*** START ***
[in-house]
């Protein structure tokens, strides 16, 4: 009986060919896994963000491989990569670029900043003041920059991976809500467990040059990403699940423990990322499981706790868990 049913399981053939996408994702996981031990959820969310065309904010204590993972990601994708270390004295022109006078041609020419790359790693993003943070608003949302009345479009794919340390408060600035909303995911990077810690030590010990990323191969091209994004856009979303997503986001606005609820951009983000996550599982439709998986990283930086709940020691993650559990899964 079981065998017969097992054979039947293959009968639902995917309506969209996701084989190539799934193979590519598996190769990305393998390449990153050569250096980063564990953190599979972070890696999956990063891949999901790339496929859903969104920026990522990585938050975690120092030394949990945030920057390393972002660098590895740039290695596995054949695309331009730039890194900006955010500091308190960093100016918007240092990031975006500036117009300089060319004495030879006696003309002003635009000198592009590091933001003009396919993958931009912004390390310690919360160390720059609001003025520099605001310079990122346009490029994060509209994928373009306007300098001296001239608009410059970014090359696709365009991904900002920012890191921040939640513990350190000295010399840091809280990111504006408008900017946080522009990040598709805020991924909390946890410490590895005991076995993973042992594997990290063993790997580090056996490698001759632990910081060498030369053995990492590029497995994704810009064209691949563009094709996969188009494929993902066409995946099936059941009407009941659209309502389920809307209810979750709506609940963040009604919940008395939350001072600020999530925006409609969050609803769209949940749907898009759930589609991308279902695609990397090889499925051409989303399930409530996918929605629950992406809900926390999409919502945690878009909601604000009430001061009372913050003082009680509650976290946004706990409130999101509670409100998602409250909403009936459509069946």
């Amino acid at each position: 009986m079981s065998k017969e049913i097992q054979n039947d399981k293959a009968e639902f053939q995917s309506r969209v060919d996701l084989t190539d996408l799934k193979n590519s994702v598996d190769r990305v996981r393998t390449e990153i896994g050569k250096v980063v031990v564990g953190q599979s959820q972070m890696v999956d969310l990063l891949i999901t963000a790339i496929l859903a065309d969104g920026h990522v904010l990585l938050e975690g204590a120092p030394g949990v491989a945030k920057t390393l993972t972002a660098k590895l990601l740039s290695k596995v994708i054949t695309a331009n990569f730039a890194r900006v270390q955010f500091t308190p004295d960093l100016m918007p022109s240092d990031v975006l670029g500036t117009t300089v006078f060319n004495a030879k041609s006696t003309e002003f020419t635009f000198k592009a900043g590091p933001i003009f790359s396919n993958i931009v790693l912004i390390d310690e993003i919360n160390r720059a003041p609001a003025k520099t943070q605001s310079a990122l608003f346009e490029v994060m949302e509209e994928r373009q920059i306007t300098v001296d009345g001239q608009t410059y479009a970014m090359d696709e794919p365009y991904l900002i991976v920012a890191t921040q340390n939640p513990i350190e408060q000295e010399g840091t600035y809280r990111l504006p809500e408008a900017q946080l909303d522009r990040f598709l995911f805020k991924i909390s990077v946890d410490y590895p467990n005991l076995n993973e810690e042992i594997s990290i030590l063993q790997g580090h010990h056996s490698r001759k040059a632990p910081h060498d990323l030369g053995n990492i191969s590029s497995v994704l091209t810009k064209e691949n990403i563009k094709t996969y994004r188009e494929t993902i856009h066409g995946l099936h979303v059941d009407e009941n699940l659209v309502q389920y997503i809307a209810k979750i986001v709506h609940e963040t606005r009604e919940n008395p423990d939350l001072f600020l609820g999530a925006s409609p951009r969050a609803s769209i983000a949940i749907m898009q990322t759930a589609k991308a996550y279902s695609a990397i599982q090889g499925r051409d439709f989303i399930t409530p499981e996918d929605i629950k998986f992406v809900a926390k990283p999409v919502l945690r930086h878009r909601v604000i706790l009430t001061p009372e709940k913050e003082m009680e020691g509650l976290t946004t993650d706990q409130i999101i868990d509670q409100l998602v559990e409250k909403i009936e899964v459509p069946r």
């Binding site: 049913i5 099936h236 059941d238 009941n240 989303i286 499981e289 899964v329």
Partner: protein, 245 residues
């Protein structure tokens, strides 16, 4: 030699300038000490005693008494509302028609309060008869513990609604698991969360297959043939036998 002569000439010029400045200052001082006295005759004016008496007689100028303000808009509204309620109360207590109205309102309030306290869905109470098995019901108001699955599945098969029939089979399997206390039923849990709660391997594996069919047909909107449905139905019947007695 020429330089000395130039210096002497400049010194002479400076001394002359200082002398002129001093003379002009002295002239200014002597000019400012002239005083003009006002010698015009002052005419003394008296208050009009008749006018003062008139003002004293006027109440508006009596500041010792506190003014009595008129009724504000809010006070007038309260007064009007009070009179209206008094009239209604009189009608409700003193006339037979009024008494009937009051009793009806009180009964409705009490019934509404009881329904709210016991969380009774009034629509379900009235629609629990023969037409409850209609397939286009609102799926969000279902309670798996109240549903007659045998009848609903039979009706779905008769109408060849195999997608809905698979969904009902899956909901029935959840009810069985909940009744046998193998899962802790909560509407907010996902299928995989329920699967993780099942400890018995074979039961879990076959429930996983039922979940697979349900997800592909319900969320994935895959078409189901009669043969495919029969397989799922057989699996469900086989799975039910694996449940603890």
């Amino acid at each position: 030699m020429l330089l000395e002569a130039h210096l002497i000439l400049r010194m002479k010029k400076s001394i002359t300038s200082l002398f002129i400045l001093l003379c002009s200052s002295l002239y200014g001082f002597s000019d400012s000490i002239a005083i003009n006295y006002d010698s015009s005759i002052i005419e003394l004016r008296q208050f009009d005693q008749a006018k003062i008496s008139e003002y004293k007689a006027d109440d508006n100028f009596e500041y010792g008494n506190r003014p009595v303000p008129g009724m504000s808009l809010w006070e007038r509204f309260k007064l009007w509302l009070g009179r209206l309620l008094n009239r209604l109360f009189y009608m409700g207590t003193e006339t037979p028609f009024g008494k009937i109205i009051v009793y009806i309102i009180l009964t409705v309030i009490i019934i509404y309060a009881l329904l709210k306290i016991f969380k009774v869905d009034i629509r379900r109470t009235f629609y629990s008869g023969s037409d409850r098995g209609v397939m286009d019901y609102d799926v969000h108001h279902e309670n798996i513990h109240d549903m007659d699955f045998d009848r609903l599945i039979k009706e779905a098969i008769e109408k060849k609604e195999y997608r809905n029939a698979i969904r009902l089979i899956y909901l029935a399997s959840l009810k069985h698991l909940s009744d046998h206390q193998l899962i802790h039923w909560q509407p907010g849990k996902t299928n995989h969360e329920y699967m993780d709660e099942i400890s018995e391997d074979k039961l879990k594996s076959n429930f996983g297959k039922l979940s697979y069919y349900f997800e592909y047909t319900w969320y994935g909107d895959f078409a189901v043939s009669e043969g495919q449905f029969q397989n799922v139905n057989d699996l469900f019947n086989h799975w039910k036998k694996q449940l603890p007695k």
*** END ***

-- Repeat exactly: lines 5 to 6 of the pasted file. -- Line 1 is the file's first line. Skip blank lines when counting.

Partner: protein, 245 residues
């Protein structure tokens, strides 16, 4: 030699300038000490005693008494509302028609309060008869513990609604698991969360297959043939036998 002569000439010029400045200052001082006295005759004016008496007689100028303000808009509204309620109360207590109205309102309030306290869905109470098995019901108001699955599945098969029939089979399997206390039923849990709660391997594996069919047909909107449905139905019947007695 020429330089000395130039210096002497400049010194002479400076001394002359200082002398002129001093003379002009002295002239200014002597000019400012002239005083003009006002010698015009002052005419003394008296208050009009008749006018003062008139003002004293006027109440508006009596500041010792506190003014009595008129009724504000809010006070007038309260007064009007009070009179209206008094009239209604009189009608409700003193006339037979009024008494009937009051009793009806009180009964409705009490019934509404009881329904709210016991969380009774009034629509379900009235629609629990023969037409409850209609397939286009609102799926969000279902309670798996109240549903007659045998009848609903039979009706779905008769109408060849195999997608809905698979969904009902899956909901029935959840009810069985909940009744046998193998899962802790909560509407907010996902299928995989329920699967993780099942400890018995074979039961879990076959429930996983039922979940697979349900997800592909319900969320994935895959078409189901009669043969495919029969397989799922057989699996469900086989799975039910694996449940603890």